4. Dave Bearse says:

    Icarus:

    Can you enlighten me as to exactly what “this” from the “conserve our way out of this” you mean?

  5. Icarus says:

    Sure Dave,

    Cutting off the lights and the microphones in Congress, nor inflating all of our tires, will enable our country to gain energy independence.

    Your shot:

  6. And where is the study that says offshore drilling and opening up ANWR “will enable our country to gain energy independence”?

    Estimates for offshore drilling and ANWR production would have the total amount of reserves equal to about 3 years US oil consumption. If we had mandated just 1 mpg/year of CAFE increases over what was done from 1995 – 2007 when the Republicans controlled Congress we’d have used less oil equaling about the same amount as the total offshore/ANWR reserves. And on a year by year basis, we’d be using less than we’d get in any single year from ANWR or offshore drilling.

    But we’d still be importing oil. The truth of the matter is that until very recently, the offshore drilling ban was kind of meaningless. Oil industry researchers and executives have said that it isn’t profitable for them to explore and drill unless oil is above $60 a barrel, which it wasn’t until very recently. So absent any government incentives, the market wouldn’t and isn’t going to pay more for oil because it comes from the USA.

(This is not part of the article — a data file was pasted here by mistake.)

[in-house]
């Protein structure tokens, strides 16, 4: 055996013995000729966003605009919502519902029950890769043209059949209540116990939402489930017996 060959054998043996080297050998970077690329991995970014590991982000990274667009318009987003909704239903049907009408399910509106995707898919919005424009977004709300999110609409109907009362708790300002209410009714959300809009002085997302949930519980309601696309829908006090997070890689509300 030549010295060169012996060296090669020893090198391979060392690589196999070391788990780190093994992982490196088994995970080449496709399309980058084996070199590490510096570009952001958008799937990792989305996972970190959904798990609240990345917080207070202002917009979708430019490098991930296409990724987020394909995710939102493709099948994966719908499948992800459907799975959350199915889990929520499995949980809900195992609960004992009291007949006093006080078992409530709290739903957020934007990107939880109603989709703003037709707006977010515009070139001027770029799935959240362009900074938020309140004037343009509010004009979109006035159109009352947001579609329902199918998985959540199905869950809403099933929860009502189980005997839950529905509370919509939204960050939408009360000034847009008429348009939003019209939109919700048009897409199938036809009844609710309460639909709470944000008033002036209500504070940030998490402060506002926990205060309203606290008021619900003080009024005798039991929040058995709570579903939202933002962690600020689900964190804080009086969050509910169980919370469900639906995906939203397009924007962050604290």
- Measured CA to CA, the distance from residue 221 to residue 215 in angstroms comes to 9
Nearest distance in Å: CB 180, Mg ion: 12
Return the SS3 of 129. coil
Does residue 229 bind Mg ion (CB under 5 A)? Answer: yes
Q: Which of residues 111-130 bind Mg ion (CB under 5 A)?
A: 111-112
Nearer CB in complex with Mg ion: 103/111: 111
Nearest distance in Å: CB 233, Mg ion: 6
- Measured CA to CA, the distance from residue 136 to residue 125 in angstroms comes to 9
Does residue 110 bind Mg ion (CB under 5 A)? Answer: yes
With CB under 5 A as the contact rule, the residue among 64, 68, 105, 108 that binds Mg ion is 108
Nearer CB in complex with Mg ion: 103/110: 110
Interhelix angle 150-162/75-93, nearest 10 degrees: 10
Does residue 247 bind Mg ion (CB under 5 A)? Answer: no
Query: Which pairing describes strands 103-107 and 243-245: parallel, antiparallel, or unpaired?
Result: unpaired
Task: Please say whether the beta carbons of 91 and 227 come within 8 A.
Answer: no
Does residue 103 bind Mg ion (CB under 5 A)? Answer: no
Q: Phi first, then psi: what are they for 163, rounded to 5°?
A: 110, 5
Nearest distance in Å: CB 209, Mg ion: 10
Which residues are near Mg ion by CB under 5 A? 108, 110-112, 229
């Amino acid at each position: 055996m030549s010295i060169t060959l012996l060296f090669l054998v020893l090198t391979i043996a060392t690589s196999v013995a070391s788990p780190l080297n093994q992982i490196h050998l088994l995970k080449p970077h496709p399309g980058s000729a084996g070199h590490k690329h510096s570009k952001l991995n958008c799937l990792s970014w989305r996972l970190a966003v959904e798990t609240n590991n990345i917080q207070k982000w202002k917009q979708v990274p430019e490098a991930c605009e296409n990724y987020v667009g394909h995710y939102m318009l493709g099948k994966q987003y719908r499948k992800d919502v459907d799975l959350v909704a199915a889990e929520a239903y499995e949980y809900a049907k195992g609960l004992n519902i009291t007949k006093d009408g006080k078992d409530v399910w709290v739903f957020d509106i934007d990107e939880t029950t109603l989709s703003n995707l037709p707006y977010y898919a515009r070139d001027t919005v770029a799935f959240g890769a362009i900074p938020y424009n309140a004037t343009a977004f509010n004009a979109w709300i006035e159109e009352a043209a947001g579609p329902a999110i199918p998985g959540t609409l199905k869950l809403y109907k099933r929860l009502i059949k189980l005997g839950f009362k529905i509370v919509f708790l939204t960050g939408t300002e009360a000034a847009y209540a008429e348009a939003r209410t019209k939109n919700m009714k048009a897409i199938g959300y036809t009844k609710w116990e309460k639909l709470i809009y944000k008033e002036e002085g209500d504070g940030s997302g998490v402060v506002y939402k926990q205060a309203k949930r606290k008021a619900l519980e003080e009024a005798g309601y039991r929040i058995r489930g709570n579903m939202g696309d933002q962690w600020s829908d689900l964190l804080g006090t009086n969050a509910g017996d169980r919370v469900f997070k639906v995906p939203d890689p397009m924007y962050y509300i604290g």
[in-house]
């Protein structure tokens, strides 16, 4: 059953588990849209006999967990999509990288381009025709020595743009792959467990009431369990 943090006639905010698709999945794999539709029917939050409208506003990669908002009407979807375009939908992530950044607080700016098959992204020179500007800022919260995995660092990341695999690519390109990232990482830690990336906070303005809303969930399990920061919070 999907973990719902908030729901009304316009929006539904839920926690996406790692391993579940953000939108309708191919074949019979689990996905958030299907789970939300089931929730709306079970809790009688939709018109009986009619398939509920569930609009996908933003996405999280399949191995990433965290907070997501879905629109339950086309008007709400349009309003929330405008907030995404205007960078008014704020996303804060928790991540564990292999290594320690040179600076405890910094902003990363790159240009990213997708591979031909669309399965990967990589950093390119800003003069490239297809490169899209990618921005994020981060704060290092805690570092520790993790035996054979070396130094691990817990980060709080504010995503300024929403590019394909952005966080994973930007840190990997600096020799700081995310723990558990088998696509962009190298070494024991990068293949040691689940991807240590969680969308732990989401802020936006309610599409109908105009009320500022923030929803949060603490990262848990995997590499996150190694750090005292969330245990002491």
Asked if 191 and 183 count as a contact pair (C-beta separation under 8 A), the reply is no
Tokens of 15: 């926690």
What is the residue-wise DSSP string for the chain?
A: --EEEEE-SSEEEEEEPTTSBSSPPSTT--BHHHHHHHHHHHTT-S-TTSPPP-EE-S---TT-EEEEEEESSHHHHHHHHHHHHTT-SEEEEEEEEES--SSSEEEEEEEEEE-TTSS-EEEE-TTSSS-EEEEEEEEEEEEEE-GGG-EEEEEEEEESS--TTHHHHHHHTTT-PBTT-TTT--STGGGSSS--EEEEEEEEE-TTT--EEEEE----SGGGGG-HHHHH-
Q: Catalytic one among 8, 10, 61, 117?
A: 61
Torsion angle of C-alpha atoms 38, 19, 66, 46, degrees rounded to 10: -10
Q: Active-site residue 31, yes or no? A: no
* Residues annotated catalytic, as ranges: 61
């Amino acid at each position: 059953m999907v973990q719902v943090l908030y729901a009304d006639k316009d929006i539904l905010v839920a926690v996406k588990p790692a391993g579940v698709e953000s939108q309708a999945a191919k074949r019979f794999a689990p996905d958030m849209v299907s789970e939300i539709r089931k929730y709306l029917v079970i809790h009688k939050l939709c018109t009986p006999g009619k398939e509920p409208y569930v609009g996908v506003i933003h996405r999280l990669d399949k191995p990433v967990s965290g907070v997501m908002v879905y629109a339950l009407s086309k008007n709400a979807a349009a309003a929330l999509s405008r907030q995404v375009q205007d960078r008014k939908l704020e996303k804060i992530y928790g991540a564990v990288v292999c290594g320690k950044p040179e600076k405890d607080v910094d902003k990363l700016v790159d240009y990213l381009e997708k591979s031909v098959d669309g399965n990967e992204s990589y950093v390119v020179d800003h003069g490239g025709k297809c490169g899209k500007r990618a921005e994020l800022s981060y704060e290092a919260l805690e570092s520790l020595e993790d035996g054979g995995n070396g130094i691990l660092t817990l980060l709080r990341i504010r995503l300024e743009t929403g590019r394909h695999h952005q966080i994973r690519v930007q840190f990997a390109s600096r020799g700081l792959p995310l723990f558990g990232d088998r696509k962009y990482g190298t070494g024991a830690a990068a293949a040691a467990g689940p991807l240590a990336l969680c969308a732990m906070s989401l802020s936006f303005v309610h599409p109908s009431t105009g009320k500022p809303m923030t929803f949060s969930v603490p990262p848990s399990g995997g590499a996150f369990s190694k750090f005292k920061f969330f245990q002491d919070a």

Ultimately, this issue just exposes McCain for the phony he is. The dude’s been against this for years and switched his position when it started polling well because of circumstances beyond his control. If he’s some sort of hero for doing that, what makes you think Marshall, Barrow or any other Democrats couldn’t just do the same thing?

    If it’s such an obvious solution how come the term “offshore drilling” only had one Peach Pundit mention (in a comment by Harry in May 2007) prior to 2008?

  7. AtlConservative says:

    Chrishardcore,

    First, McCain openly admitted he was changing his opinion and stance based on the economy. Obama sort of changed, sort of stayed the same… Whatever, this is a moot point. They should listen to the voters who have to decide between food or gas because they don’t have enough money!

    Second, bad decisions have been made for years about energy independence. I don’t think anyone will argue otherwise. I alos believe people would agree we should have done something 10 years ago – so we maybe wouldn’t be in such a bad situation now.

    It comes down to – do we sit here and again do nothing and expect a different result in 10 years? Or do we start drilling AS WELL AS working toward other energy resources?